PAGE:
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My ISP (Verizon FIOS) has been assigning me IP addresses that are on blacklists from a variety of third-party spam blacklisting services.

I discovered this when I was unable to create a new account at a number of different email services. Tech support at one of them advised me that using a blacklisted IP address was a common cause of the issue and gave me a couple of web addresses that check your IP address against the different blacklisting services (e.g., https://www.whatismyip.com/blacklist-check/?, and https://www.whatismyip.net/tools/ip-blacklist-check.php). Sure enough, my IP address was on nine different blacklists.

Verizon tried assigning me new IP addresses from three different ranges and blocks of available addresses. Every one was on the same blacklists. Then for weeks, they claimed they were fixing the issue, or that it was fixed, but nothing changed.

Finally, one of their support people advised me that blacklisting goes hand-in-hand with dynamic IP addresses and Verizon doesn't bother doing anything about it. However, if I wanted to pay more and get a business account, they would give me a static IP address, and that would be clean.

I'm aware that years ago, there were problems like ISPs with open relays that caused all of their IP addresses to be blacklisted. Also years ago, I ran into issues with spammers using blocks of IP addresses, which got the addresses blacklisted. Then one of those IP addresses would be assigned to me and I would need to work through the ISP to get it off the blacklists.

Blacklisted IP addresses are apparently still an issue, but ISPs not fixing the problem can't be the standard, or nobody would be able to get online accounts. So I'm trying to get a better handle on the issue and what can be done to fix it.

  • Is there anything I can do, myself, to deal with the blacklisting services, collectively, to get my address removed from the lists each time I'm assigned a new one (it doesn't look like the blacklist services are set up for that)?
  • Is it reasonable to expect my ISP to be able to get their IP addresses removed from the blacklists (i.e., is it just a case of Verizon having a monopoly in my area so they have no incentive to expend even a penny of resources to address a fixable problem, or is spamming associated with dynamic IP addresses an intractable problem and ISPs no longer deal with it)?
  • Is the blacklisting and its removal regulated by any entity that might be a source of leverage to get the issue fixed?
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Is there anything I can do, myself, to deal with the blacklisting services...

Yes, you can work with each blacklist by following their instructions for removing the IP address from their list. Most of them have a published process for this. However there are actually a few blacklist providers that refuse to de-list blocked IP addresses and will only remove them when whatever datasource they rely upon indicates they're clean again.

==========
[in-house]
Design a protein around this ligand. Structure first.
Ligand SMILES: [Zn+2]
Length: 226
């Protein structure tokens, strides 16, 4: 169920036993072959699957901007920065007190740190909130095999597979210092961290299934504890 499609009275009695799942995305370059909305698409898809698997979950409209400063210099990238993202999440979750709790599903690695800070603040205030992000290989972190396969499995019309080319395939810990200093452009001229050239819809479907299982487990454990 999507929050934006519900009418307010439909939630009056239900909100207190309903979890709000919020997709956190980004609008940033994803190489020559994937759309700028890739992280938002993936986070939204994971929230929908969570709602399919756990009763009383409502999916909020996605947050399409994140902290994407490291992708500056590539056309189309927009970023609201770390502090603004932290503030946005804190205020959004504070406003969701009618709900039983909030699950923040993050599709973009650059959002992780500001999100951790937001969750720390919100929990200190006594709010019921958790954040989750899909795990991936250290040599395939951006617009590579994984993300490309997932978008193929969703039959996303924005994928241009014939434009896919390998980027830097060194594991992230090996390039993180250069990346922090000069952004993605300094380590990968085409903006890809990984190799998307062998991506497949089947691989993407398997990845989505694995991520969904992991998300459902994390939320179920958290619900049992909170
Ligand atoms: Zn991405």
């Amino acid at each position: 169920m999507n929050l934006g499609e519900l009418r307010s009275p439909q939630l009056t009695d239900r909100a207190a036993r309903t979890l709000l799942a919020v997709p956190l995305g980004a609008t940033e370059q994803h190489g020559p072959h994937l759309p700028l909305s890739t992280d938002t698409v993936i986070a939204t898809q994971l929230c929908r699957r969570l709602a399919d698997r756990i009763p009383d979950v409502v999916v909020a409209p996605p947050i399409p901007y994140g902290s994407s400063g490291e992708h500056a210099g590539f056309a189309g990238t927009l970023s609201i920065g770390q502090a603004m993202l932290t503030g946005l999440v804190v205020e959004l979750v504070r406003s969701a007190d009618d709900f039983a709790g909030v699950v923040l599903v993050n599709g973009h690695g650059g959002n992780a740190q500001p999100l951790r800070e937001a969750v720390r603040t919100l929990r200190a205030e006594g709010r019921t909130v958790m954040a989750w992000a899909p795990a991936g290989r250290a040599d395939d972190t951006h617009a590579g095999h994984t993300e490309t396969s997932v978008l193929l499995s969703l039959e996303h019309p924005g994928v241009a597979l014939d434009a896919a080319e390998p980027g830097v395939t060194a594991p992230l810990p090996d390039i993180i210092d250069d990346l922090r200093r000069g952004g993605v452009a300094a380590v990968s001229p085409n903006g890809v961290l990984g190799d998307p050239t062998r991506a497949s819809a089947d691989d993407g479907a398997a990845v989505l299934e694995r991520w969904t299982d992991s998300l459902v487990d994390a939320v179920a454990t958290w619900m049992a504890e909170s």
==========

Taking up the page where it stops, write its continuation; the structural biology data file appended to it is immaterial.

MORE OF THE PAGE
This is a labor-intensive process and can take quite some time as each blacklist provider process is your request. I would not recommend it for a dynamic IP address. you might not even get the IP address delisted before being assigned a new address.

Is it reasonable to expect my ISP to be able to get their IP addresses removed from the blacklists...?

This entirely depends on the provider. My two cents is that they aren't properly motivated to do this for their dynamic addresses given the fact they have "clean" static IPs to sell. To make matters worse, most blacklist providers aren't interested in hearing from the ISP but rather the end customer using the IP address, as they're the ones in control of the potentially compromised systems spewing spam on to the Internet.

Is the blacklisting and its removal regulated by any entity that might be a source of leverage to get the issue fixed?

Nope. Blacklist providers are autonomous projects. Nobody says anyone has to respect any particular blacklist making the relationship between the providers and those that rely on them completely voluntary.


In your situation two solutions come to mind:

  1. Give in and purchase the static IP address from your ISP. If you do ever end up on a blacklist your efforts to get delisted will benefit you as the ongoing user of that IP address.

  2. Use a third party email relay service and send all your outbound email through them. For example, Symantec offers the Email Protect.Cloud platform which will send email to the Internet on your behalf after filtering it for viruses and spam. Each provider has their own requirements for using their service so YMMV.

  • Good answer. I want to point out that it is not really your ISPs responsibility to deal with blacklisted addresses. Depending on DHCP pool sizes, timeouts, etc, a single dynamic IP could be assigned to hundreds of users in a year. If they were to deal with it, it could simply be blacklisted again by the next user. Its too much work for an ISP to deal with, especially when the problem wasnt theirs to begin with. – Keltari May 4 at 0:54
  • Reality sucks. :-) – fixer1234 May 4 at 4:08

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